“Most people do not listen with the intent to understand; they listen with the intent to reply.”

It struck a chord with me because I began to realise I didn’t take a breath for long enough to really comprehend things I both read and heard. I was hearing and seeing what people had to say but I wasn’t really trying to understand or sympathise, I was always trying to think of a quick, clever or funny retort. Or sometimes even work through my own problems at the same time.

I’m not saying it’s been easy, but I’ve come to learn that sometimes it’s better to simply sit back and listen without any intention of replying.


girl holding mirror cool, hipster

When I was younger, I was a bit of a dick.

I was never outwardly mean to anyone or intentionally set out to hurt people; I think I was just a bit selfish. Which is weird really, considering how selfless my parents are. I somehow grew up to be someone who would cancel things last minute (although, thinking about it, this might’ve been down to a bad case of undiagnosed social anxiety); I would simply stop talking to people without warning when I decided I wanted the relationship to end and I would expect my friends to fall out with someone I had crossed paths with, just because.

This probably sounds like typical teenage girl behaviour, which it was; pretty much everyone behaved like a dick at that age, but I think there are plenty of us who don’t grow out of it until much later than I did and I have a very good friend to thank for that.

In my second year of university, I received a message from her on Facebook. She was at Nottingham; I was at Exeter. The message wasn’t from the girl I hated at school, nor was it from someone I’d recently fallen out with. It was actually from someone I’d spent my gap year with just a year previously; someone I was really close to and someone I had probably taken for granted for just a little too long.

I could see as soon as I clicked on it that the message was a long one which, at twenty years old, meant weeks of drama was certain to follow. I don’t remember the exact reason she sent the message. I actually can’t bring myself to trawl back through years-worth of Facebook to find out either, for fear of what I might uncover, but I’m going to assume I did something to prompt it. The essence of the message was something along the lines of: ‘you always expect people to make an effort with you, why don’t you try with everyone else once in a while?’.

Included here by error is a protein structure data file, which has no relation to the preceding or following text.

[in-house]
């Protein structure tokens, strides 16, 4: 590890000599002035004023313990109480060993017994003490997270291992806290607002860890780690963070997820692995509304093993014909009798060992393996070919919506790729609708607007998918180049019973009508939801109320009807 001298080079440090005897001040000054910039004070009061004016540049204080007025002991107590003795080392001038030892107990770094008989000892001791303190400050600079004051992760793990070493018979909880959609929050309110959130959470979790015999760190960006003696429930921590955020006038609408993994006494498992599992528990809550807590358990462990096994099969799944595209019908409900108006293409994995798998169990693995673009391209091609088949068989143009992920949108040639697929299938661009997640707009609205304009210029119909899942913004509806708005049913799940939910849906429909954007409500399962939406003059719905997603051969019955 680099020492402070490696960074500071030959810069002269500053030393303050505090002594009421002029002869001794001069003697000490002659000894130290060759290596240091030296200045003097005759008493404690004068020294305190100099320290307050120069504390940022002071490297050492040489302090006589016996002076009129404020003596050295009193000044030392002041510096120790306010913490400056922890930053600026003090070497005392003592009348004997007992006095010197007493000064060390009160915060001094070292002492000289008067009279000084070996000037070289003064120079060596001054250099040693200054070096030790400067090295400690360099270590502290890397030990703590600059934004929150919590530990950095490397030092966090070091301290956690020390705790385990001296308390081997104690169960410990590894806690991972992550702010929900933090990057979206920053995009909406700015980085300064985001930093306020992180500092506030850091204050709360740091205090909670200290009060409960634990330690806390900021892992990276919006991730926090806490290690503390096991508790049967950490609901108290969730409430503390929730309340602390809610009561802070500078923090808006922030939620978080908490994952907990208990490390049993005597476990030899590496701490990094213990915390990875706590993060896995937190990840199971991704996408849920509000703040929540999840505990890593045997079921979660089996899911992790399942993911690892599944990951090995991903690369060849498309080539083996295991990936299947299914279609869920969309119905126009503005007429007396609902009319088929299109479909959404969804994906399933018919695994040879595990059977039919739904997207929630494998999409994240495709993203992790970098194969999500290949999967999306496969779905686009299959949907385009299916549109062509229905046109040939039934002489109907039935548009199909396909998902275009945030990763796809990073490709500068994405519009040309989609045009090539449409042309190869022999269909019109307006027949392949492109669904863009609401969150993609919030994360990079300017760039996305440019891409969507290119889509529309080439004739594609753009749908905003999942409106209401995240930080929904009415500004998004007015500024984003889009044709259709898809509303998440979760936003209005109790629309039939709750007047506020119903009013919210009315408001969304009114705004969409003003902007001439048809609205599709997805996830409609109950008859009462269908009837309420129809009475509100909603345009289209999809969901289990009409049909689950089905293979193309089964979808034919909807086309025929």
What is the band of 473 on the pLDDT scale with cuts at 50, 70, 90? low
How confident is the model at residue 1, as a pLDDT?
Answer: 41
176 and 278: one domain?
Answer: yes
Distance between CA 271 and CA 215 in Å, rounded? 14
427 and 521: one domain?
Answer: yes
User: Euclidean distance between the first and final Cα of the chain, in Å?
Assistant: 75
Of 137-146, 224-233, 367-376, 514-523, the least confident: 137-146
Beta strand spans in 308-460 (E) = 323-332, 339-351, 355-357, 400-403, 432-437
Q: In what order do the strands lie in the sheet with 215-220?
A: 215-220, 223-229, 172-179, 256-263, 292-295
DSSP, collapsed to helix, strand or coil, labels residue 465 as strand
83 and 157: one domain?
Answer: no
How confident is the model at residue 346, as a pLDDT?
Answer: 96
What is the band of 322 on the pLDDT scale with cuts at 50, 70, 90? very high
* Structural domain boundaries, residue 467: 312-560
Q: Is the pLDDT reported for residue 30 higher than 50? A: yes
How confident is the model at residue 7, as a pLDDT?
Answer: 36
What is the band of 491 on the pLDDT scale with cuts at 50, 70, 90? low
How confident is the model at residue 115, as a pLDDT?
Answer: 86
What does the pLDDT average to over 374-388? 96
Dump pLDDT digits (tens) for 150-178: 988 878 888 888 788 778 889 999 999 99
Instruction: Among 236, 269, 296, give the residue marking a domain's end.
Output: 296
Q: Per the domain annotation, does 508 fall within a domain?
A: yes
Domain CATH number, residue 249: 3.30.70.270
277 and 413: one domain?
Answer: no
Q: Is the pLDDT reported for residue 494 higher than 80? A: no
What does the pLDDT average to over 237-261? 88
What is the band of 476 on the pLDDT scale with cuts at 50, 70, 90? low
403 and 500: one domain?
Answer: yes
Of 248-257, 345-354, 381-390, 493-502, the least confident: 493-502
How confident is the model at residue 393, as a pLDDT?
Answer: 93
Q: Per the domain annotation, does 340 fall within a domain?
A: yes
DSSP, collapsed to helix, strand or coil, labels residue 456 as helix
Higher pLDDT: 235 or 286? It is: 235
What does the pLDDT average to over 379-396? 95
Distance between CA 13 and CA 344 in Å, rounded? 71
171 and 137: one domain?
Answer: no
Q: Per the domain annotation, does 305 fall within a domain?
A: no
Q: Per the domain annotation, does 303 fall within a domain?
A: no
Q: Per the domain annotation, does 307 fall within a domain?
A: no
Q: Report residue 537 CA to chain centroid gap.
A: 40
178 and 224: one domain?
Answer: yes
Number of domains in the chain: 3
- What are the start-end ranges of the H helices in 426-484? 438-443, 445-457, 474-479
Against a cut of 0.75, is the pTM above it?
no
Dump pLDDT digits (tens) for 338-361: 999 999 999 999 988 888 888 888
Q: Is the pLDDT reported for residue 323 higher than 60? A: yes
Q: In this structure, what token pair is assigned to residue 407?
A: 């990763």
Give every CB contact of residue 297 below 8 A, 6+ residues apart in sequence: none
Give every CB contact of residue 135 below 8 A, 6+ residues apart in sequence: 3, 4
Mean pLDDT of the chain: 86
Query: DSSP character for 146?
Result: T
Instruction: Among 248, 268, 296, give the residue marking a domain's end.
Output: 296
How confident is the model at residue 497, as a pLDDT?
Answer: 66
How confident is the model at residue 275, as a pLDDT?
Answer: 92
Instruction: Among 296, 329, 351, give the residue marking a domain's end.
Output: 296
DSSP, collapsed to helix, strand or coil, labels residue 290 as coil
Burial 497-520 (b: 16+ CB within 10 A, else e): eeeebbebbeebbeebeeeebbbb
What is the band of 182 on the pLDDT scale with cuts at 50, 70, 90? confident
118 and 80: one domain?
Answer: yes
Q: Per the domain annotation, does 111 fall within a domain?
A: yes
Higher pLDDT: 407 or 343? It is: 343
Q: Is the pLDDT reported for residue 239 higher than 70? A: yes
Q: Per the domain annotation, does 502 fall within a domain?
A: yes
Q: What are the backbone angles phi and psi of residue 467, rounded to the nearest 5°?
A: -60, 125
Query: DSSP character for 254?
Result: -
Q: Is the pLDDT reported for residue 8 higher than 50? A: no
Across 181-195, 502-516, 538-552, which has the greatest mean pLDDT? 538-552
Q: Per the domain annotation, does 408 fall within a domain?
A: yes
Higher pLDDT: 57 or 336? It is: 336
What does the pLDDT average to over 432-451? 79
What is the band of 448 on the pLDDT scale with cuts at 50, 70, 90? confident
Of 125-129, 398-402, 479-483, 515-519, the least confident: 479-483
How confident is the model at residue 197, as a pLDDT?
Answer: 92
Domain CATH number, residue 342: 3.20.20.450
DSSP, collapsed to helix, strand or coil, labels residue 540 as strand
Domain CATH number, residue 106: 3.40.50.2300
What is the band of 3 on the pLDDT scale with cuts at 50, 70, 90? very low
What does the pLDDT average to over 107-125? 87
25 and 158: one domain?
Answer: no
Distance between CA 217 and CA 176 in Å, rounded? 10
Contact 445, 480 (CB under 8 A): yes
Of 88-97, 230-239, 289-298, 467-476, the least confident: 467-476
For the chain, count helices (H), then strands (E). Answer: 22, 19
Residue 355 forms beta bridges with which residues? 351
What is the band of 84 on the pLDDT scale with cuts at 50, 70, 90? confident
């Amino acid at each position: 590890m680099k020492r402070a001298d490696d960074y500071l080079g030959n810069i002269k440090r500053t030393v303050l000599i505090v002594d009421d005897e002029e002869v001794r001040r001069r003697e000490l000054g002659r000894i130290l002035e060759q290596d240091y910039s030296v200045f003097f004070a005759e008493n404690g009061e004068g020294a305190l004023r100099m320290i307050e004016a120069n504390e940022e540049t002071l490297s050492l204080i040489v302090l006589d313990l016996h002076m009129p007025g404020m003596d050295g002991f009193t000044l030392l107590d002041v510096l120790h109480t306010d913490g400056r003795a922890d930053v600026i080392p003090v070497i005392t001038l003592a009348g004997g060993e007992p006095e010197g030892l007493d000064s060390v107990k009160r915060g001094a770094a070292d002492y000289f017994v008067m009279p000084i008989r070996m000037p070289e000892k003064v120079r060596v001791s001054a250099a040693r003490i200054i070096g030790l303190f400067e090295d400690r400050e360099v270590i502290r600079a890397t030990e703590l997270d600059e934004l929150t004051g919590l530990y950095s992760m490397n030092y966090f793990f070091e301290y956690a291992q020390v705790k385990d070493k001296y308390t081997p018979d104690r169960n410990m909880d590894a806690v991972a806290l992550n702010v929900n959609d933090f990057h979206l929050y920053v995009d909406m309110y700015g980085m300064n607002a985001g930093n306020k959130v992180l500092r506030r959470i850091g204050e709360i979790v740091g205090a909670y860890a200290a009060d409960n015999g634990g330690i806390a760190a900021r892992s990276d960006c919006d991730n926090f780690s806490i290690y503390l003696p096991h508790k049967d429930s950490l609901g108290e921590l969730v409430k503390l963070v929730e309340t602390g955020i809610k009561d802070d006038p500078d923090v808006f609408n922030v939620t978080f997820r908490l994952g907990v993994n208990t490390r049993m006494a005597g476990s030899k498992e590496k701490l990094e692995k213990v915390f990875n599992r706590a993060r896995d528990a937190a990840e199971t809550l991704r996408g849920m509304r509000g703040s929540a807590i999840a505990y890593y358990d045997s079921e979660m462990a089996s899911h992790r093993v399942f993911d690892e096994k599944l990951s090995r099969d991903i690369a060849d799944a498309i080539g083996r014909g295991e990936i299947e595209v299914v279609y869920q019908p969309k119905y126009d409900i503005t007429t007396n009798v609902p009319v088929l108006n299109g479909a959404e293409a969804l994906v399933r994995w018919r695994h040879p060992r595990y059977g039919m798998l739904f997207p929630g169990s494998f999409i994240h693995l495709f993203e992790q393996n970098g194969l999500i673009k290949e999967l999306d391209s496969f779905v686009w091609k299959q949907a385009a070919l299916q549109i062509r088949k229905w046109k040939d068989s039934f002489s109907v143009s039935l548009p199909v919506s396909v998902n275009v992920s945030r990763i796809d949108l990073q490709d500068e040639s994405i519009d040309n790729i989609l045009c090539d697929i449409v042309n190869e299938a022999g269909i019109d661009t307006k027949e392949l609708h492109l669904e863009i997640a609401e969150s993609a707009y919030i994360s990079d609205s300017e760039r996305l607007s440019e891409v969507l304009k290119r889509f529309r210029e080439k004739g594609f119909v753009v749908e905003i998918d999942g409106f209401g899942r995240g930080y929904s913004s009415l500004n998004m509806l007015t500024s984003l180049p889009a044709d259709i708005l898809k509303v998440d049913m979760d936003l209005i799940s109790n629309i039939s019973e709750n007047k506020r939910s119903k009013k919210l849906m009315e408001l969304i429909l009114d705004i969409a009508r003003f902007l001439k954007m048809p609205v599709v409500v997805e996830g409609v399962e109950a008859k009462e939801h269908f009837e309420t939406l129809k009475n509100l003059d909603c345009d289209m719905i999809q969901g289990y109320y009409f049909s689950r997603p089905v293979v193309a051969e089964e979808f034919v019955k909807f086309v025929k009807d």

At the time, I was appalled that she had sent me such a message. I couldn’t believe that someone would speak to me like that. I phoned my mum. I text my friends. I spoke to the girls I lived with about it. My boyfriend at the time said she was completely out of order. Everyone around me agreed she was a bitch. I uninvited her from my 21st birthday – the ultimate snub at the time – and we stopped speaking to each other. All the while, deep down, I (and no doubt everyone around me) knew she was sort of right.

As I was growing up, there was always a little voice inside me that willed me to stop cancelling things, to pick up the phone and call people more, to go above and beyond for friends, the way my mum always had. I was a good person with all the best intentions, but when it came down to it, I would seem to get the little things wrong.

The Facebook message didn’t end our friendship; she’s still one of my closest and best friends. It merely halted it for a fixed amount of time. The perfect amount of time, in fact, for me to heal and accept my wrongdoings and enough time for her to admit she was perhaps, a little harsh. Harsh or not, though, that single message sent to me in my early twenties has only served to strengthen the bond between us and has had a positive impact on my relationships ever since. Her honesty has not only meant that I am a better friend, but it has taught me the importance of being honest with those around me when they need a reality check of their own.